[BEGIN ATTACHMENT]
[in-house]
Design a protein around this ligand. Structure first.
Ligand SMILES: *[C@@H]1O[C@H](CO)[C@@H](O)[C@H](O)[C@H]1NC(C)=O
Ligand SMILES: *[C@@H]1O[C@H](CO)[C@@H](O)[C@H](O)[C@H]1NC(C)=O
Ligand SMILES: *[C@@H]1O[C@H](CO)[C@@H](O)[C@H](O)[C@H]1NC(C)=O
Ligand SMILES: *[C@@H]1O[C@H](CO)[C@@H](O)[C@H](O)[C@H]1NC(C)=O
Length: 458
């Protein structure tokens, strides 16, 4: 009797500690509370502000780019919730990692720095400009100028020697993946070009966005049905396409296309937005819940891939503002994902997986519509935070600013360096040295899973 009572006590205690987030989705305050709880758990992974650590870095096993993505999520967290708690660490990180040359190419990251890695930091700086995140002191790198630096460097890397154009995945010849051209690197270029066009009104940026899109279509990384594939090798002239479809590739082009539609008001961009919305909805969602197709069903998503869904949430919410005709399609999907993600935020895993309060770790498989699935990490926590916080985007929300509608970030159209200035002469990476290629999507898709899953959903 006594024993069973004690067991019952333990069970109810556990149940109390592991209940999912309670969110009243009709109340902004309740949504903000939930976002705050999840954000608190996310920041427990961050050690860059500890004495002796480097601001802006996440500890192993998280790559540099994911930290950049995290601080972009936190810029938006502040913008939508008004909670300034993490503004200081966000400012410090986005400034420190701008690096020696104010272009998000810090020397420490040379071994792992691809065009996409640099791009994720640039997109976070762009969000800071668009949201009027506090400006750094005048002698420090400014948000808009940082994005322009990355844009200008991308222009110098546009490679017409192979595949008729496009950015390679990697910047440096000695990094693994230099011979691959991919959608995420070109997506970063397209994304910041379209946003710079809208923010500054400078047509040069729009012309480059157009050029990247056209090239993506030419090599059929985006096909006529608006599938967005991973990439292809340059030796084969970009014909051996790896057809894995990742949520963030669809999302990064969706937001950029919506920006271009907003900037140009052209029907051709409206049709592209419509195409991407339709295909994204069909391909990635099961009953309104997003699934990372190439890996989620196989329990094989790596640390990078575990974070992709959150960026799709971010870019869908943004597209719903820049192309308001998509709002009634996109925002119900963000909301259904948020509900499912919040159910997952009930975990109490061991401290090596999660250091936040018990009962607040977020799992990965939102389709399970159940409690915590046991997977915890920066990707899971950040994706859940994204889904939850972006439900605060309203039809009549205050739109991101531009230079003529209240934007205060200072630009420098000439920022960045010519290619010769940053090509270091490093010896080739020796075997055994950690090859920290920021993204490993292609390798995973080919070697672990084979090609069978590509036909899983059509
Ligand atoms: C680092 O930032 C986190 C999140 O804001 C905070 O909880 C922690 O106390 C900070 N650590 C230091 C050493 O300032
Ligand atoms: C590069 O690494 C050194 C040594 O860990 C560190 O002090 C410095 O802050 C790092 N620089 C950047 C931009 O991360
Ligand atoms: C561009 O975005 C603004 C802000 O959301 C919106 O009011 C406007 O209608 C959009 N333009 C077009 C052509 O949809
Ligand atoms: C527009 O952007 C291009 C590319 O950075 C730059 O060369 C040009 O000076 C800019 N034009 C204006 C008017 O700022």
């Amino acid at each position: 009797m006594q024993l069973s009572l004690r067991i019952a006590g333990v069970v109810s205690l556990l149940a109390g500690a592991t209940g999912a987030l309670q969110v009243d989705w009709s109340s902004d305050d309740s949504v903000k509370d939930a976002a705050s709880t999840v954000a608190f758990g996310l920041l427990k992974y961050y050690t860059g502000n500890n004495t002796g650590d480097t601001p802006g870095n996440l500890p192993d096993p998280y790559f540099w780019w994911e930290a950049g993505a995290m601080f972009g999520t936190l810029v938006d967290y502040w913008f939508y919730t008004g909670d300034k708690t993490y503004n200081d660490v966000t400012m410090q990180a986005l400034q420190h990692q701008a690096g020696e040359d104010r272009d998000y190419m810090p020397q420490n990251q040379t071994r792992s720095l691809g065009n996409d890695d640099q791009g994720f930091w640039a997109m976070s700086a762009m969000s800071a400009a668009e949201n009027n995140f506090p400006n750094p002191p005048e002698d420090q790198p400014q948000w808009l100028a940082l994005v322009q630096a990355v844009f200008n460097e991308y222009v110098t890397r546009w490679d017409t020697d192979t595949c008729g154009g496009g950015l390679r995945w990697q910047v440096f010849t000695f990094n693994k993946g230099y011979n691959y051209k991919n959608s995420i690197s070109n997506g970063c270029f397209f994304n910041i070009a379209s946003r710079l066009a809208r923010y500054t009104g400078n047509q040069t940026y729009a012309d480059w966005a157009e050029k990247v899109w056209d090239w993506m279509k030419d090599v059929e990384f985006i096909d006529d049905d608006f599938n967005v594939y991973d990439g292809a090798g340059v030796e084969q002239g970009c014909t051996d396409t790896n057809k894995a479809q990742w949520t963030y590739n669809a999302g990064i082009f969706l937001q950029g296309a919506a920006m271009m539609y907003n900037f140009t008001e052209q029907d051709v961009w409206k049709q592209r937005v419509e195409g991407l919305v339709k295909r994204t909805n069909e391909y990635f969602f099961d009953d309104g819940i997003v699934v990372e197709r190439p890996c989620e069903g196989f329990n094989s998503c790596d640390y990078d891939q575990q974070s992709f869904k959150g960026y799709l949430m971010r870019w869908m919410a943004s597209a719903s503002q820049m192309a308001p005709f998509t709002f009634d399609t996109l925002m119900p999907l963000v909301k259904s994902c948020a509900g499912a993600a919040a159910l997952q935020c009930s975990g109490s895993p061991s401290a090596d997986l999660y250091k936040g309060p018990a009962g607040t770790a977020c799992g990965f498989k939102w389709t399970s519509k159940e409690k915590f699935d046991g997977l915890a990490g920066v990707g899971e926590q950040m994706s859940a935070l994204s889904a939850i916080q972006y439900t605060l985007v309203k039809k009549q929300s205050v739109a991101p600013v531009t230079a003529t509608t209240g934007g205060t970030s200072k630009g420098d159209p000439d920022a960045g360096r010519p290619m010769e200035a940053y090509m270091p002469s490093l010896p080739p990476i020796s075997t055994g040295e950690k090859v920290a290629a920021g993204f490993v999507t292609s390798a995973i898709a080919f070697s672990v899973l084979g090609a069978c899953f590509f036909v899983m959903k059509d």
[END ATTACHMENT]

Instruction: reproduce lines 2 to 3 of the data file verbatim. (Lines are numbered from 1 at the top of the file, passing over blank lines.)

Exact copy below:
Design a protein around this ligand. Structure first.
Ligand SMILES: *[C@@H]1O[C@H](CO)[C@@H](O)[C@H](O)[C@H]1NC(C)=O